Scientists working in the thematic field ‛future ecosystems’ conduct research on the material and energy flows in ecosystems, on structural and functional aspects of biodiversity as well as the causes and impacts of anthropogenic changes. For example, they investigate on different scales, which and how many species occur in specific ecosystems, which ecosystem services and resources they generate, how stable populations and ecosystems are, which environmental stress factors affect them and what kind of regeneration potential they have. Researchers develop sustainable policy options for managing natural resources sustainably – beyond the simplified alternatives of "protection" or "use". This means that they have to take into account basic economic, legal and social conditions, while also considering ecological and technical knowledge and the fact that the ecosystems being used also provide numerous services and that it is therefore of upmost importance to protect them.
In selected model landscapes in Germany, Europe and ‛hot spot’ regions of the world such as South East Asia, case studies are being implemented to explain how ecosystem services can be maintained and optimized for the long term: provisioning ecosystem services such as food provision, supporting ecosystem services such as carbon sequestration or nutrient cycling, regulating ecosystem services such as natural pest control or flood water control and cultural ecosystem services such as recreation. Research is being conducted to establish the drivers of land use change in rural, forest and urban systems and how a better land use management can not only preserve the multi-functionality of a landscape, but also its biodiversity and resilience ‒ in other words the ability of an ecosystem to maintain its basic functions after disturbance or overexploitation.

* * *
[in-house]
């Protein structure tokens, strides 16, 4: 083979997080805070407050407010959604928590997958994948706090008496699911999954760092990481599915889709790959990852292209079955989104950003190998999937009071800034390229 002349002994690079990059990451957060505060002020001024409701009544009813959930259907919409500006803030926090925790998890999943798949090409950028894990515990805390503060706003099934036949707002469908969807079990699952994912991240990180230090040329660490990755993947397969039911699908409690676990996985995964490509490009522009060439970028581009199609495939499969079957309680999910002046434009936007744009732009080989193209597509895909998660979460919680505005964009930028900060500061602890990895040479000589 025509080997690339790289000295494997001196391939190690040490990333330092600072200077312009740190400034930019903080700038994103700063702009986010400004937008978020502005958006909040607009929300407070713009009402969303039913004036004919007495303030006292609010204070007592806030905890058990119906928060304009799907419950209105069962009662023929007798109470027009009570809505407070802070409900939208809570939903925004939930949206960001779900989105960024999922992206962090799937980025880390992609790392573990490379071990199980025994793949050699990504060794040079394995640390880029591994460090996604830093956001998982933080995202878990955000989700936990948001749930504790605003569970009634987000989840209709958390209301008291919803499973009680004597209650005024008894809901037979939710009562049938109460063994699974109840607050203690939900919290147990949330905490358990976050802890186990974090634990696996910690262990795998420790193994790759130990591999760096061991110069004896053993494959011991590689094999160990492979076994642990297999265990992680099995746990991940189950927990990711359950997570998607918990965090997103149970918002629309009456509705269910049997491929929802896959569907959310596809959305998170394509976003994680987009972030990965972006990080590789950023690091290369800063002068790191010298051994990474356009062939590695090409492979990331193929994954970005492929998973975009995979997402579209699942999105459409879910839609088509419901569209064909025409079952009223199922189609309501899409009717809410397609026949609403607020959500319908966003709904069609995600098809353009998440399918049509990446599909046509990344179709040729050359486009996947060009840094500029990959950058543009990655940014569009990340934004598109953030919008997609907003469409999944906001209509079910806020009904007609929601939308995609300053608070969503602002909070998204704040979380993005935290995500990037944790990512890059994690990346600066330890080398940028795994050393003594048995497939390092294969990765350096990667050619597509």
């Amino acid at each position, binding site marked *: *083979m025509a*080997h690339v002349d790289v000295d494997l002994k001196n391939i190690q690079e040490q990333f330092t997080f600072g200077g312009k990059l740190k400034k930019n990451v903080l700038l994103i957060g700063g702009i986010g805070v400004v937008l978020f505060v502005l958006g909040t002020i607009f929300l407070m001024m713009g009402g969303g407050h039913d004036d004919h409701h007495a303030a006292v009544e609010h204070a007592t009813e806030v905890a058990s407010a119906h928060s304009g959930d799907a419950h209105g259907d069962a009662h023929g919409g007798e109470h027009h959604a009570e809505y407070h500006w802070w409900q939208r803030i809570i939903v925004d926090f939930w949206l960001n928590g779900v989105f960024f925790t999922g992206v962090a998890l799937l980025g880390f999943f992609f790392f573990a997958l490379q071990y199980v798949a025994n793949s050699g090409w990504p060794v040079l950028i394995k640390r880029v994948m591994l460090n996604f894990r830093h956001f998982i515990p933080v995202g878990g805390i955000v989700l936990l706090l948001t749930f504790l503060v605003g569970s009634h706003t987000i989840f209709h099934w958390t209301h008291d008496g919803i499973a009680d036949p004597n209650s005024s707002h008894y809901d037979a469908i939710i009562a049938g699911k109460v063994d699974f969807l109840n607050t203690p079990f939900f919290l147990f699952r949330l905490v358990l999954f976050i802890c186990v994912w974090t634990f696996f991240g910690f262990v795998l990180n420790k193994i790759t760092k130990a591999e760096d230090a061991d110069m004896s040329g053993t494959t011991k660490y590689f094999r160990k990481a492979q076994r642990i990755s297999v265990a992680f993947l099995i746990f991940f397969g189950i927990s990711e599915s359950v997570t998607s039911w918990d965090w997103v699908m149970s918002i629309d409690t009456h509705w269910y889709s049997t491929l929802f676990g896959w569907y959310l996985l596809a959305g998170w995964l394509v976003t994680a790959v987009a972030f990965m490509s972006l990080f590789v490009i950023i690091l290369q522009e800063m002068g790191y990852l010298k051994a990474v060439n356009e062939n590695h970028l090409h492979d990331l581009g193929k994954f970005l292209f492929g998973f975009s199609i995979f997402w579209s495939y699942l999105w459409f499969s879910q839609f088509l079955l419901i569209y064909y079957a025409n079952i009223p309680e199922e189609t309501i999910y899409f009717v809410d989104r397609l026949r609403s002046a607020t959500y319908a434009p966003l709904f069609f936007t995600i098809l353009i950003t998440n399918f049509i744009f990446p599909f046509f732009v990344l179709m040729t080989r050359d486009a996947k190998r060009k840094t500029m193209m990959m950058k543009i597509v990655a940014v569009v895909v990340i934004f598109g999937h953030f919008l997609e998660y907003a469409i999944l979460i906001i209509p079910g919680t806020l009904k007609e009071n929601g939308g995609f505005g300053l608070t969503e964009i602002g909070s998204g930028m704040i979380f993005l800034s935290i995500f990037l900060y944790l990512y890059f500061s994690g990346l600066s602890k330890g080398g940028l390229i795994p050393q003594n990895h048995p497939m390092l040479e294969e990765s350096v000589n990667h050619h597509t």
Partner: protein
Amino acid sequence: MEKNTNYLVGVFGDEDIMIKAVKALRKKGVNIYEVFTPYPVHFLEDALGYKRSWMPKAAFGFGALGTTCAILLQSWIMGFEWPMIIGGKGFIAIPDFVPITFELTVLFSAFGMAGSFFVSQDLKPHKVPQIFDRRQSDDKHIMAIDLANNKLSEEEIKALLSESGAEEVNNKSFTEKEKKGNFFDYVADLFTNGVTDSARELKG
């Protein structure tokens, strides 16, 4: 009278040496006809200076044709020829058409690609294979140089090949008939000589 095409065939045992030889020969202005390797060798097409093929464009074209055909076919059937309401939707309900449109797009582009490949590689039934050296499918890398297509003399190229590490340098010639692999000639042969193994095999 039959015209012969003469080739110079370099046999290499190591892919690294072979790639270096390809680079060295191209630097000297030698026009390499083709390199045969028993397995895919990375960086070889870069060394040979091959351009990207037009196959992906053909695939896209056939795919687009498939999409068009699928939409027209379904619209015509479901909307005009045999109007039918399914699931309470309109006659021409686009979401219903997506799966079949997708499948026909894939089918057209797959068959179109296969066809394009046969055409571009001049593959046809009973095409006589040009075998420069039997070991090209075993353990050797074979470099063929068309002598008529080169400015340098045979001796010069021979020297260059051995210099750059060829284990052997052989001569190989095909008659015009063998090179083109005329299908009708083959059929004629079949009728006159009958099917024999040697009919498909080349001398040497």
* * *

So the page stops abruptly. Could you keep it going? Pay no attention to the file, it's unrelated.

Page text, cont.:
Researchers are developing policy options beyond the simplified alternatives of "protection" or "use".
In order to make the state, development trends and potential of an ecosystem both measurable and comparable, indicators are being developed to assess the state of ecosystems and the services that they provide – comparable to those indicators that were developed for the good chemical and biological condition of surface waters. Instead of using chemicals or technology solutions that are energy and raw material-intensive, "nature-based solutions" like the natural pollination potential or biologically-driven material cycles and other naturally adapted processes can help with pest control for example or with the adaptation to climate change.